But using this, Steenbergs’ total footprint over the lifecycle of its products is 72 tonnes carbon dioxide every year, or 6 families’ worth of carbon.  This has been offset through ClimateCare, which neatly uses projects such as its LifeStraw project that combine Steenbergs’ concern for water with issues of climate change.

Putting this into context, spices and herbs contribute a tiny proportion of the carbon footprint of a meal.

For example, the spices in rogan josh are 0.1% of the total footprint versus 89% for the lamb, or 0.5% in tandoori chicken compared to 85% for the poultry.  The herbs in spaghetti bolognaise are less than 0.01% of its total carbon footprint.  And last month we calculated the carbon footprints of your cup of tea, coffee and hot chocolate.


(i)    For ease, carbon dioxide is lazily used for carbon dioxide equivalent, so it includes carbon dioxide, methane and nitrous oxide gases.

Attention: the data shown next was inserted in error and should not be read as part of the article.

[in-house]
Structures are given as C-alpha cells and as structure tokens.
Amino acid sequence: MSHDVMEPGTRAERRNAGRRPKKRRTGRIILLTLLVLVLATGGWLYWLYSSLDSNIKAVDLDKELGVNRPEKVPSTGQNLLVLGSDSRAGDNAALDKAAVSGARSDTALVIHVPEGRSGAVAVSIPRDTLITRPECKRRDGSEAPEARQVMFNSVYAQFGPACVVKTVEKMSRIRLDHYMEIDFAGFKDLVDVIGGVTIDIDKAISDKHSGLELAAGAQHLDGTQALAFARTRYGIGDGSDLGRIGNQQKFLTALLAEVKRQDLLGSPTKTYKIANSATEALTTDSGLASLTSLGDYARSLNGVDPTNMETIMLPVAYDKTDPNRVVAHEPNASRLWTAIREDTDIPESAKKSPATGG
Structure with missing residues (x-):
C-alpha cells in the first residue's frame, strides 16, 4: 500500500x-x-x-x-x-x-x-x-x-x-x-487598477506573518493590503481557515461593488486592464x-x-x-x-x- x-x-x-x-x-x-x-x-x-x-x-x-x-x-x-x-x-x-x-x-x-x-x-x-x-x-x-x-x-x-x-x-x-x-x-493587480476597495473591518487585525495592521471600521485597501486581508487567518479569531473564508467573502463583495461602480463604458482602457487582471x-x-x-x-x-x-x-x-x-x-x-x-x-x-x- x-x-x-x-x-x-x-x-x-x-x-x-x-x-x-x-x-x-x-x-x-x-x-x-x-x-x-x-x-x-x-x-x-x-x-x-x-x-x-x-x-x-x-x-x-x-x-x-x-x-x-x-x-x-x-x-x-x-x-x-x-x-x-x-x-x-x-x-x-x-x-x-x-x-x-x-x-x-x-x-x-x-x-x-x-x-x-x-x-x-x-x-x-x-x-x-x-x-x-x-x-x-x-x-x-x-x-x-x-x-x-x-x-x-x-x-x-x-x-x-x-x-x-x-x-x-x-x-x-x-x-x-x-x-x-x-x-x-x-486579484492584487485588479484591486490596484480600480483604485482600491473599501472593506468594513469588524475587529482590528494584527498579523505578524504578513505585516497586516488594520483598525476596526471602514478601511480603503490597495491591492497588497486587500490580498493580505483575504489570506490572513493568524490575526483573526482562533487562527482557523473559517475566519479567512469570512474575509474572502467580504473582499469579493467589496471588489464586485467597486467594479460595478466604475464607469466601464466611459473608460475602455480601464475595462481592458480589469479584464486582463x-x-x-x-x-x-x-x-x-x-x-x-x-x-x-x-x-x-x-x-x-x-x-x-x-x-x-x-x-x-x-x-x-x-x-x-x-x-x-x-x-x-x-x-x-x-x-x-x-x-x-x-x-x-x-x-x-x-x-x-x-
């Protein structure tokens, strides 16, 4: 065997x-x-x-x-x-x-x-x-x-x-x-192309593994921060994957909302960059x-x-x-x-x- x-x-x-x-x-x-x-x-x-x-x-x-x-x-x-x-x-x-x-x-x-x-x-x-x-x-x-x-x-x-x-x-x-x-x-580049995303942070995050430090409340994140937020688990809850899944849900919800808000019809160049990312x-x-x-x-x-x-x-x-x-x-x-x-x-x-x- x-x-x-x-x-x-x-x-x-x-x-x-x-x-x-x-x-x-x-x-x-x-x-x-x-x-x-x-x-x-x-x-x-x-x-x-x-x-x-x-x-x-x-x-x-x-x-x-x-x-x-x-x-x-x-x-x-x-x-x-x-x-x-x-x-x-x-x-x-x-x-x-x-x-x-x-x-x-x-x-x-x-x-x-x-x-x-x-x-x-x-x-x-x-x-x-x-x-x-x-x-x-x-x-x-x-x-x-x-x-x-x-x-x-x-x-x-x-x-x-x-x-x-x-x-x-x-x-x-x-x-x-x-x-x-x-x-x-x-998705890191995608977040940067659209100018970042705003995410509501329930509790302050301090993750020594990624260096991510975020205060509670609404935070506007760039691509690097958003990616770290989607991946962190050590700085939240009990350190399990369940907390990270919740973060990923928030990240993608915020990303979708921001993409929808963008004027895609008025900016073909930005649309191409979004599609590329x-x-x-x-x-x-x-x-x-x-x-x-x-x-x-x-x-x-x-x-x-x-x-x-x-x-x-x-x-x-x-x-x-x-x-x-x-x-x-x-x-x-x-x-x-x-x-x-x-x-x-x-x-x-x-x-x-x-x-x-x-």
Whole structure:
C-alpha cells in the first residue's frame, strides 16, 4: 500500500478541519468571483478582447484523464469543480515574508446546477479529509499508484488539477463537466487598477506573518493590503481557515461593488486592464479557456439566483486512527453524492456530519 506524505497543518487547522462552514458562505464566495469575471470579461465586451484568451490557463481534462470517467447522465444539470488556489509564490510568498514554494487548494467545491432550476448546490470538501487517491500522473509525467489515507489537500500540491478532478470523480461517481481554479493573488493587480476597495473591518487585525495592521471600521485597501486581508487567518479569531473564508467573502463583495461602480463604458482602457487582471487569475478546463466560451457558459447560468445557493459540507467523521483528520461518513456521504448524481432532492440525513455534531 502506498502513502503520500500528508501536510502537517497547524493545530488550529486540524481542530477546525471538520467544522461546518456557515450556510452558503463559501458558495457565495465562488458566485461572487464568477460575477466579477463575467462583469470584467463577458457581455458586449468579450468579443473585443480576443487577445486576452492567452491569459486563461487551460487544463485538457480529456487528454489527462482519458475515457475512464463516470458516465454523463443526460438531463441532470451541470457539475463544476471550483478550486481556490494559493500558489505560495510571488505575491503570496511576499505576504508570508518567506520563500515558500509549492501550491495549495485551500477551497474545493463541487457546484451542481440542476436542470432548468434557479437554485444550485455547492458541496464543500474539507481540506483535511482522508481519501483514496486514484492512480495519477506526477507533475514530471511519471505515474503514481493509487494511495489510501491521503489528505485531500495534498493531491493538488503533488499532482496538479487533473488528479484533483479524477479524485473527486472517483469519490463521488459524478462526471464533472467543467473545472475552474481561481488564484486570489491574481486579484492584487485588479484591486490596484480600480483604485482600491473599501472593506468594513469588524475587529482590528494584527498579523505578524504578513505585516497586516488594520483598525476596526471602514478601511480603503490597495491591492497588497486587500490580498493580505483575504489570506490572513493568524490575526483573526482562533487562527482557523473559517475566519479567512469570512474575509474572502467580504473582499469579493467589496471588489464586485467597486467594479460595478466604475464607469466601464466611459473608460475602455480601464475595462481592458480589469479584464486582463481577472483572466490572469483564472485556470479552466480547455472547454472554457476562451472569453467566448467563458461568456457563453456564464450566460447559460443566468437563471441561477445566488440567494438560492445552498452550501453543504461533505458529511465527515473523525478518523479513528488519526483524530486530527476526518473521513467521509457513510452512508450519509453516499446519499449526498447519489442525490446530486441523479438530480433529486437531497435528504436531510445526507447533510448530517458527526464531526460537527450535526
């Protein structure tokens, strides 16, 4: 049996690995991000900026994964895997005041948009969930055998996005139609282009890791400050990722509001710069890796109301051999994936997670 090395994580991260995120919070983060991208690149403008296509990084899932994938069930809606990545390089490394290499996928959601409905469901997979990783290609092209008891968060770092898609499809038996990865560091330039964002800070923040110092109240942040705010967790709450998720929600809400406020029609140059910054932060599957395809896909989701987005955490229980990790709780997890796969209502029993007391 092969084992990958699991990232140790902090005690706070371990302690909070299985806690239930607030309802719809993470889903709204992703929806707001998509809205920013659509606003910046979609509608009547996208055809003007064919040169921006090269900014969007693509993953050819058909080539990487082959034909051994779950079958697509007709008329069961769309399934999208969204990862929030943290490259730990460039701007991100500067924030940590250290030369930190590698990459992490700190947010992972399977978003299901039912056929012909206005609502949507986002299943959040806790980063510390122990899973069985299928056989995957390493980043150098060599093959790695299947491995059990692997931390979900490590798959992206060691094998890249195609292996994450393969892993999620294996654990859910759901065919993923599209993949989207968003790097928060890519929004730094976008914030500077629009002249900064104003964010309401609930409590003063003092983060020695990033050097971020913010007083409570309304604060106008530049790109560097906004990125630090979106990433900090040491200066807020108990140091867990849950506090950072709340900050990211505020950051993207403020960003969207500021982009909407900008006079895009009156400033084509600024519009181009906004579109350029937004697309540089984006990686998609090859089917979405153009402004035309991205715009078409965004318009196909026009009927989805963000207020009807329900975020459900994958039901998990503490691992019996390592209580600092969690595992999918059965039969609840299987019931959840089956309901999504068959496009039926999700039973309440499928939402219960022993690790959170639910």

(ii)   Steenbergs direct carbon footprint includes: electricity, business travel, water supply and sewerage, trade waste and recycled waste.  Steenbergs indirect carbon footprint comprises: freight for raw materials and packaging into Steenbergs and distribution of packed goods to our trade and consumer customers.

(iii)  See: Roger Harrabin (2015) CO2 cuts claims challenged by experts, BBC News, 19 March 2015,; or John Barrett , Glen Peters , Thomas Wiedmann , Kate Scott , Manfred Lenzen , Katy Roelich & Corinne Le Quéré (2013) Consumption-based GHG emission accounting: a UK case study, Climate Policy, 13:4, 451-470, DOI: 10.1080/14693062.2013.788858

(iv)   I am unclear whether these figures are for the lifecycle of spices and/or include carbon captured in the plants themselves.  47.5% of carbon is locked in plant material, equivalent to 1.7kg CO2 per kilo.  So I am confused…

What’s the carbon footprint of your cuppa?

Tuesday, May 19th, 2015

It depends is perhaps the best answer.

It depends on what you drink and also on how you treat changes in land use.

For tea, the carbon footprint is 87 g CO2 for a mug of Steenbergs black tea taken with milk.